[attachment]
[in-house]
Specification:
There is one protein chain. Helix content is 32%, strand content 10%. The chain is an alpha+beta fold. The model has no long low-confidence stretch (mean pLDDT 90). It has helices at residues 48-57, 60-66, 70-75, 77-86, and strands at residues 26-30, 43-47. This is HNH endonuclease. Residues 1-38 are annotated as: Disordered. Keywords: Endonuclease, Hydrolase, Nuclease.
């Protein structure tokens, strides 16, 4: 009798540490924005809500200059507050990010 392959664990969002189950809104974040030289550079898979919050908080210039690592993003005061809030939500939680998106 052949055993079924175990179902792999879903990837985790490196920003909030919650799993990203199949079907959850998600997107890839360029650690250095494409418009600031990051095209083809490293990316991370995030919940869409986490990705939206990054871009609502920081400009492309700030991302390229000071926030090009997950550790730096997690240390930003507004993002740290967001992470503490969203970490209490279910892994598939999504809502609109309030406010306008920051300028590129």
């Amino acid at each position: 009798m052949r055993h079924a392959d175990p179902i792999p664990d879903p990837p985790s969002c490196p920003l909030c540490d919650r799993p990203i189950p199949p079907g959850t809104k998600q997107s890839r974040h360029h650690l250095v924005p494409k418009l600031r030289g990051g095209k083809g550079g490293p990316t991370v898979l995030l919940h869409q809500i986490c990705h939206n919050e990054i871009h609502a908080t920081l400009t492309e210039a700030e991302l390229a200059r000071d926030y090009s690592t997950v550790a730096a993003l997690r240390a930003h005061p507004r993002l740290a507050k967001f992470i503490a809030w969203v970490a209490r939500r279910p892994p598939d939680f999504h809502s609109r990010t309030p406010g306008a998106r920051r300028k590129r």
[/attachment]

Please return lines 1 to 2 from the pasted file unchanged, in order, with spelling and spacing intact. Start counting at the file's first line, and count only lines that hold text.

[in-house]
Specification: